The B-Bar is packed and I’m navigating through a crowd of rambunctious bodies. The venue’s iconic velour curtains are nearly pressed against my nose as I sit beneath the canopy of blue fairy lights. A man is fidgeting with an electronic keyboard as tendrils of wires are snaking drunkenly across the stage. I’m a front seat patron and this is Apples and Snakes’ Valentine’s Day ‘FORKED!’
The event’s brand new host, Marian, walks on stage with jade green hair, a stripy tie and a badge sporting the message ‘NO TRIDENT’. She warms the crowd with a small exercise:
‘I’m going to say the word LOVE, and after three, you’re going to say what springs to mind. One, two, three…’
The tone is set – jovial, light hearted, and perhaps a little anti V-day. Marian quips about ‘when dating was analog’ and regardless of her understandable nerves, I warm to her instantly. She introduces the first act of the night, Chris White and T.S Idiot.
Chris White and T.S Idiot have been asked to perform together, and their on-stage presence is hilarious. They admit to making their act up on the train and I think the lack of rehearsal works spectacularly in their favour. Their first poem is an ongoing cyclical performance of ‘roses are red, violets are blue’, and it’s both clever and entertaining. They follow with a second collaboration, which involves T.S Idiot reading Daily Mail headlines and Chris White responding with messages from random Love Heart sweets. It’s incredibly funny and saturated with creativity. It may not super compelling, but it is self aware and a great laugh to get the audience warmed up for the evening.
T.S Idiot, sporting a fedora and a ‘SUPPORT WOMEN WRITERS’ badge, performs poems about Lidl and his moustache. Chris White counters with a very awkward poem about falling in love with a duck. These performances are amusing, and allow the pair to bounce off of each other well; however, my favourite piece was White’s poem about an ex boyfriend. It revolved around the timeline of the Great British Bake Off, and it was genuinely lovely.
Enter Beth Calverley, co-producer of Bristol’s ‘Milk Poetry‘ event and the brain behind The Poetry Machine. She tells the audience of her plans to take us on a tour of her life through the experience of love, which immediately feels absorbing.
Calverley begins her narrative poetry with an incredible story of her birth – prematurely born, her mother takes off her clothes so that she can wrap Beth in her arms and keep her alive through skin-on-skin body heat. This maternal instinct and love has extended throughout Beth’s life and created an undeniable bond between herself and her mother.
She confesses her thoughts of romantic love, and her girlhood doubt that she’d experience it for being too awkward and nerdy. Her poem recounts a trip to a cliff-top with her boyfriend, which she once visited on a school trip. Her boyfriend challenges her to jump into the water after him, but fear and memories from the past ultimately prevents her from doing so for hours. The way she introduces and presents this poem is sincerely beautiful.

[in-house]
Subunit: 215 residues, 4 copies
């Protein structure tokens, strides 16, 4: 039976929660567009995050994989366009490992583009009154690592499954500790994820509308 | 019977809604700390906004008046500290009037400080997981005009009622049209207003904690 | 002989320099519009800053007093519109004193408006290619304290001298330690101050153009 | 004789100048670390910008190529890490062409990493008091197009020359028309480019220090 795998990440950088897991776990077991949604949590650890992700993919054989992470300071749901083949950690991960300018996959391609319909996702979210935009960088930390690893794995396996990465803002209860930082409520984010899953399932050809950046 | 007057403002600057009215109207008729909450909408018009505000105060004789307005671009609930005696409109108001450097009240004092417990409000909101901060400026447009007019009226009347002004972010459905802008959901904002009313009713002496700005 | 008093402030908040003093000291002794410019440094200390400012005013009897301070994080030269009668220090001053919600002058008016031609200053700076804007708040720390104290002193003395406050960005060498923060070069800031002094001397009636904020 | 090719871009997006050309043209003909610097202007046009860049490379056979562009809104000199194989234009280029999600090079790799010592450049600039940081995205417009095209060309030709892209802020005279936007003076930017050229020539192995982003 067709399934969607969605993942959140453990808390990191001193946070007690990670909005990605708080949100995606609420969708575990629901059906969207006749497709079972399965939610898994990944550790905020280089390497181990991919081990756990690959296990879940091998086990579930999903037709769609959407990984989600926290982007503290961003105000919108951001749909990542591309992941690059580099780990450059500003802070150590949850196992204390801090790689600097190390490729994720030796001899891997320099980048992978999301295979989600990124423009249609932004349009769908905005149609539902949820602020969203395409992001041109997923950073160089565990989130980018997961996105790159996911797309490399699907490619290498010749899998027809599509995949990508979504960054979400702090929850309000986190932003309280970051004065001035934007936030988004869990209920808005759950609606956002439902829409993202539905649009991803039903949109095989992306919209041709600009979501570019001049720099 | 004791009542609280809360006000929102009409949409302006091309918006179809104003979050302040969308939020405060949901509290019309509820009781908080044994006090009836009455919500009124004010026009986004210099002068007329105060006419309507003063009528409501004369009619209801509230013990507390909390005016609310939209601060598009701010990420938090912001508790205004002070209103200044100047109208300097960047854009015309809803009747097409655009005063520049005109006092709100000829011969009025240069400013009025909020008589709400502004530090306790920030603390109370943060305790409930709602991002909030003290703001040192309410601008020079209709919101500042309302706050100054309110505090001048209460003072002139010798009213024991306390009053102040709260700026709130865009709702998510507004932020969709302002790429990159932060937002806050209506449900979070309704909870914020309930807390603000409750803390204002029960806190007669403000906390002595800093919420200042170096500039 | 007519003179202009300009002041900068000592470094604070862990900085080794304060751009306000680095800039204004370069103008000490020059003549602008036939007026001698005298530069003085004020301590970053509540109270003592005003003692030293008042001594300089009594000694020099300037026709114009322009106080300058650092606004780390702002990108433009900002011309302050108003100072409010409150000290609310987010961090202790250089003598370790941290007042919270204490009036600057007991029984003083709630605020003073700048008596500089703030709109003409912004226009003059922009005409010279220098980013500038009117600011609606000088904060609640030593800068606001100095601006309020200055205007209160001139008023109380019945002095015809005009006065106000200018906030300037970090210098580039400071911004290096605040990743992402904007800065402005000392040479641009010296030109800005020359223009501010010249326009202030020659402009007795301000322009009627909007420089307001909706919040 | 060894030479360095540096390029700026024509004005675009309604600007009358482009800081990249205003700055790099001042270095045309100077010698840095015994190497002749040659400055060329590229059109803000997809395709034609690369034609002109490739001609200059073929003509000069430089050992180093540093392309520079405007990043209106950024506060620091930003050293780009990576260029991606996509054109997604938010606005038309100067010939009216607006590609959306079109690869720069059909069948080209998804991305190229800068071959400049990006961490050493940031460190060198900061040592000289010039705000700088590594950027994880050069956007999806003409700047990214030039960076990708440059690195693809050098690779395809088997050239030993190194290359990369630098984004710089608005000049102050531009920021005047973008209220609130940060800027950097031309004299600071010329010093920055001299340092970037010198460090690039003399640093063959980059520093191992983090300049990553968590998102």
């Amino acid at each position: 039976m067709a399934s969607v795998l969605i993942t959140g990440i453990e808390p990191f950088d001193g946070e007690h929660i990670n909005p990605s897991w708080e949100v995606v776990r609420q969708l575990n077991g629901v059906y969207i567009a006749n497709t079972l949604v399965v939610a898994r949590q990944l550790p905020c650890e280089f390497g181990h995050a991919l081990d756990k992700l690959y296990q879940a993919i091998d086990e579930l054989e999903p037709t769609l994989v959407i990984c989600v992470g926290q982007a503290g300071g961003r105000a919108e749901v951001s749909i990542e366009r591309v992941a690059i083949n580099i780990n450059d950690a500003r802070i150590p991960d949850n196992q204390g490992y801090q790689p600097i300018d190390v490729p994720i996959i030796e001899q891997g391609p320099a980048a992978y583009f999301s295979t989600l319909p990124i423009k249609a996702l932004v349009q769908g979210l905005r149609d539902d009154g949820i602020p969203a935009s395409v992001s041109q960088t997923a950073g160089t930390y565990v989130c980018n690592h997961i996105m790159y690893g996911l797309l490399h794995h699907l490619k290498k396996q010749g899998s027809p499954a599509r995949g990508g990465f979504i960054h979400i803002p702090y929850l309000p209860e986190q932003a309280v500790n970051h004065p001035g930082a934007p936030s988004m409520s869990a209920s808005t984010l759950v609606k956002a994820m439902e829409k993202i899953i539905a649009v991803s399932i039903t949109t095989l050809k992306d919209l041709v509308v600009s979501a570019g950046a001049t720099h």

Calverley has a romantic, vulnerable, and utterly absorbing presence. She is earnestly open with her audience about self-love and the battle between her mental and biological desires. The calibre of her craft feels innate and inevitable, and it’s something I’m just not sure you can teach – Beth is an artist you need to keep an eye on.
Bird Speed is this event’s headlining act and her energy is radiant. Her first message? SELF LOVE IS IMPORTANT.
“You should be the greatest love of your life.”
Speed introduces the audience to her romantic relationship with an ‘African American guy living in the U.S.’ Her tumultuous poem takes us through the pining of a long-distance relationship, and the reality of the discrimination towards black people adopted by many American police officers. As her boyfriend is pulled over by an officer for doing absolutely nothing in particular, we feel her fear and drink her rage at the corrupt U.S. system. She comments on America being crazy with its incarceration rates, trigger happy nature and GM food, and it’s the kind of content everyone needs to hear.
Despite the intense nature of the poem, she infuses comedy which makes the majority of it feel light-hearted and comedic. This is a very complex feeling for me as a privileged white woman, who has no right to laugh at any of this – and that’s why I think it’s excellent craft.
She’s loud, excitable, performative and bold as she proclaims, ‘I’m extra!’. Her poetry is stunning. ‘Most black men are cheating… death.’ My favourite quote has to be:
‘America, you were not built to love colour, you were built because of it.’
Bird Speed also writes intelligent poetry about misogyny and powerful women. A light-hearted poem about the Wonderbra is followed by a performance dedicated to a strong woman portrayed to be ‘delicate’ in a portrait curated from gentle pencil strokes. Her craft is entertaining, meaningful, and powerful – Bird Speed is not one to be ignored.
In a brand new format, FORKED! brings Spoils Collective to the stage, an unusual band comprising of drums, trumpets, bass, guitar, tambourine, and vocals. They’ve never brought a band to the event, so it’s exciting to hear a musical element.
I can say that I’ve honestly never heard anything like them before. Very political, extremely experimental and a bit like Kate Nash in vocality, the band opted for unconventional melodies and made an interesting addition to the evening. I really enjoyed their song ‘Baby Sponge’ – it was fantastically political and excellently written.
This evening was humorous, charming, and inventive. The acts all shone in different ways, and it was exciting to discover more incredible poets. I’m a huge fan of these events, and I would definitely recommend attending one when you can! You can find more details on the Apples and Snakes website, here, or over on their Facebook.